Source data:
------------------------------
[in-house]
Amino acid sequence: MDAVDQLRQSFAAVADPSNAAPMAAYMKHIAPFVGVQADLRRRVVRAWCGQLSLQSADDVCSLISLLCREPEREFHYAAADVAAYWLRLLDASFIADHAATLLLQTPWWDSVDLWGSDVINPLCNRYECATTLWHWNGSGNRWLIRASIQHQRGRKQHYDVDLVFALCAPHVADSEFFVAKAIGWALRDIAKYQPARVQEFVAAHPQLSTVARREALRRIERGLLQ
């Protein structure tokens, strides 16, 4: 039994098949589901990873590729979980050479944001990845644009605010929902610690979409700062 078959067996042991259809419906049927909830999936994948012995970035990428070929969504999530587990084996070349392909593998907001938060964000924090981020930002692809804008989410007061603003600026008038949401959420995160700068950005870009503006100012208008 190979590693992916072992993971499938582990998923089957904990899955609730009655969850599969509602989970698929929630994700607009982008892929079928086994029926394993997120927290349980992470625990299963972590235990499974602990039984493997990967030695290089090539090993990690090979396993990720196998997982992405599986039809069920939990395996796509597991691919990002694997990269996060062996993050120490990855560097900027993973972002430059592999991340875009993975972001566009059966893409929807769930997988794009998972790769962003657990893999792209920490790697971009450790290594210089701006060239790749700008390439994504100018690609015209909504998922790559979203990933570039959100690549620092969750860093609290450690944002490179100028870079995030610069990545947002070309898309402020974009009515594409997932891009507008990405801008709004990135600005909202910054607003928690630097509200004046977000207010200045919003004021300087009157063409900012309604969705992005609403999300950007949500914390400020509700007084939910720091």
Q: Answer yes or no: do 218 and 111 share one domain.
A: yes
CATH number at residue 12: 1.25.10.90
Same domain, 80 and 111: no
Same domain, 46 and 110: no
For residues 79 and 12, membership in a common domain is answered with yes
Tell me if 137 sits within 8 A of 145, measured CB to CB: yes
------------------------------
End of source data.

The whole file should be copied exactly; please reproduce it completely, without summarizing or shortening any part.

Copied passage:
[in-house]
Amino acid sequence: MDAVDQLRQSFAAVADPSNAAPMAAYMKHIAPFVGVQADLRRRVVRAWCGQLSLQSADDVCSLISLLCREPEREFHYAAADVAAYWLRLLDASFIADHAATLLLQTPWWDSVDLWGSDVINPLCNRYECATTLWHWNGSGNRWLIRASIQHQRGRKQHYDVDLVFALCAPHVADSEFFVAKAIGWALRDIAKYQPARVQEFVAAHPQLSTVARREALRRIERGLLQ
């Protein structure tokens, strides 16, 4: 039994098949589901990873590729979980050479944001990845644009605010929902610690979409700062 078959067996042991259809419906049927909830999936994948012995970035990428070929969504999530587990084996070349392909593998907001938060964000924090981020930002692809804008989410007061603003600026008038949401959420995160700068950005870009503006100012208008 190979590693992916072992993971499938582990998923089957904990899955609730009655969850599969509602989970698929929630994700607009982008892929079928086994029926394993997120927290349980992470625990299963972590235990499974602990039984493997990967030695290089090539090993990690090979396993990720196998997982992405599986039809069920939990395996796509597991691919990002694997990269996060062996993050120490990855560097900027993973972002430059592999991340875009993975972001566009059966893409929807769930997988794009998972790769962003657990893999792209920490790697971009450790290594210089701006060239790749700008390439994504100018690609015209909504998922790559979203990933570039959100690549620092969750860093609290450690944002490179100028870079995030610069990545947002070309898309402020974009009515594409997932891009507008990405801008709004990135600005909202910054607003928690630097509200004046977000207010200045919003004021300087009157063409900012309604969705992005609403999300950007949500914390400020509700007084939910720091």
Q: Answer yes or no: do 218 and 111 share one domain.
A: yes
CATH number at residue 12: 1.25.10.90
Same domain, 80 and 111: no
Same domain, 46 and 110: no
For residues 79 and 12, membership in a common domain is answered with yes
Tell me if 137 sits within 8 A of 145, measured CB to CB: yes